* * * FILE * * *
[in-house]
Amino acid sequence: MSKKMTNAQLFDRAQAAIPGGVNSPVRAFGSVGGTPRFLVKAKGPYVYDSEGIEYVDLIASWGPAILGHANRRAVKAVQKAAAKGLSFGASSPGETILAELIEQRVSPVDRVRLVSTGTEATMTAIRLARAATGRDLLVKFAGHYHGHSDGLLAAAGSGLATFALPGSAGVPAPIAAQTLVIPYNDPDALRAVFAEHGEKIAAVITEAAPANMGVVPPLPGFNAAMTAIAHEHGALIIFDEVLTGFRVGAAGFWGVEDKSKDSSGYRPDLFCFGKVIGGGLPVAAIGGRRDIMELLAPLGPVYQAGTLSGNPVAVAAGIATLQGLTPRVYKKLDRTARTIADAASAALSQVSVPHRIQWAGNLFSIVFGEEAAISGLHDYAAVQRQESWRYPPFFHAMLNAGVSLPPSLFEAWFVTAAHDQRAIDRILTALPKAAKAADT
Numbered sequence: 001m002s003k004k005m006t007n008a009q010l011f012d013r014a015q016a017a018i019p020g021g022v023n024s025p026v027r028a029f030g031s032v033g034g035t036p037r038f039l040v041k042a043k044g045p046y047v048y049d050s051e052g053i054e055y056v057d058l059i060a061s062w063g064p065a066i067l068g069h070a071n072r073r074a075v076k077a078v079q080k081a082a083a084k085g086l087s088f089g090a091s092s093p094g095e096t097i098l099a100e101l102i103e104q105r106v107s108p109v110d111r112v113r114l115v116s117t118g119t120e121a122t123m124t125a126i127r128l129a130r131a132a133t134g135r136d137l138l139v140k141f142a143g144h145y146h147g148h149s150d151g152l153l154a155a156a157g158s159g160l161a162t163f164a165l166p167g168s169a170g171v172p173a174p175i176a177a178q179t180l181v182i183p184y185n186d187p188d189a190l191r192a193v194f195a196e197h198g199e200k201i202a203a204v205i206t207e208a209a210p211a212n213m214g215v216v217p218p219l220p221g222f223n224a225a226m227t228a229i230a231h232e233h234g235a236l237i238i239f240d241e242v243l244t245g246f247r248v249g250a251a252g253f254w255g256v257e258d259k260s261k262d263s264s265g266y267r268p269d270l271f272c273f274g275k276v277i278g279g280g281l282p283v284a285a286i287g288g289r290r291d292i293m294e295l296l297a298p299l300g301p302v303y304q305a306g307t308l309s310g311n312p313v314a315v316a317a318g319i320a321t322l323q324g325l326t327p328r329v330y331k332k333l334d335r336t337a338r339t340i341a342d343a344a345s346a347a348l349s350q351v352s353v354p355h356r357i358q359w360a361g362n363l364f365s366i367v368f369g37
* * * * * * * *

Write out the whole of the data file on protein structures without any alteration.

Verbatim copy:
[in-house]
Amino acid sequence: MSKKMTNAQLFDRAQAAIPGGVNSPVRAFGSVGGTPRFLVKAKGPYVYDSEGIEYVDLIASWGPAILGHANRRAVKAVQKAAAKGLSFGASSPGETILAELIEQRVSPVDRVRLVSTGTEATMTAIRLARAATGRDLLVKFAGHYHGHSDGLLAAAGSGLATFALPGSAGVPAPIAAQTLVIPYNDPDALRAVFAEHGEKIAAVITEAAPANMGVVPPLPGFNAAMTAIAHEHGALIIFDEVLTGFRVGAAGFWGVEDKSKDSSGYRPDLFCFGKVIGGGLPVAAIGGRRDIMELLAPLGPVYQAGTLSGNPVAVAAGIATLQGLTPRVYKKLDRTARTIADAASAALSQVSVPHRIQWAGNLFSIVFGEEAAISGLHDYAAVQRQESWRYPPFFHAMLNAGVSLPPSLFEAWFVTAAHDQRAIDRILTALPKAAKAADT
Numbered sequence: 001m002s003k004k005m006t007n008a009q010l011f012d013r014a015q016a017a018i019p020g021g022v023n024s025p026v027r028a029f030g031s032v033g034g035t036p037r038f039l040v041k042a043k044g045p046y047v048y049d050s051e052g053i054e055y056v057d058l059i060a061s062w063g064p065a066i067l068g069h070a071n072r073r074a075v076k077a078v079q080k081a082a083a084k085g086l087s088f089g090a091s092s093p094g095e096t097i098l099a100e101l102i103e104q105r106v107s108p109v110d111r112v113r114l115v116s117t118g119t120e121a122t123m124t125a126i127r128l129a130r131a132a133t134g135r136d137l138l139v140k141f142a143g144h145y146h147g148h149s150d151g152l153l154a155a156a157g158s159g160l161a162t163f164a165l166p167g168s169a170g171v172p173a174p175i176a177a178q179t180l181v182i183p184y185n186d187p188d189a190l191r192a193v194f195a196e197h198g199e200k201i202a203a204v205i206t207e208a209a210p211a212n213m214g215v216v217p218p219l220p221g222f223n224a225a226m227t228a229i230a231h232e233h234g235a236l237i238i239f240d241e242v243l244t245g246f247r248v249g250a251a252g253f254w255g256v257e258d259k260s261k262d263s264s265g266y267r268p269d270l271f272c273f274g275k276v277i278g279g280g281l282p283v284a285a286i287g288g289r290r291d292i293m294e295l296l297a298p299l300g301p302v303y304q305a306g307t308l309s310g311n312p313v314a315v316a317a318g319i320a321t322l323q324g325l326t327p328r329v330y331k332k333l334d335r336t337a338r339t340i341a342d343a344a345s346a347a348l349s350q351v352s353v354p355h356r357i358q359w360a361g362n363l364f365s366i367v368f369g37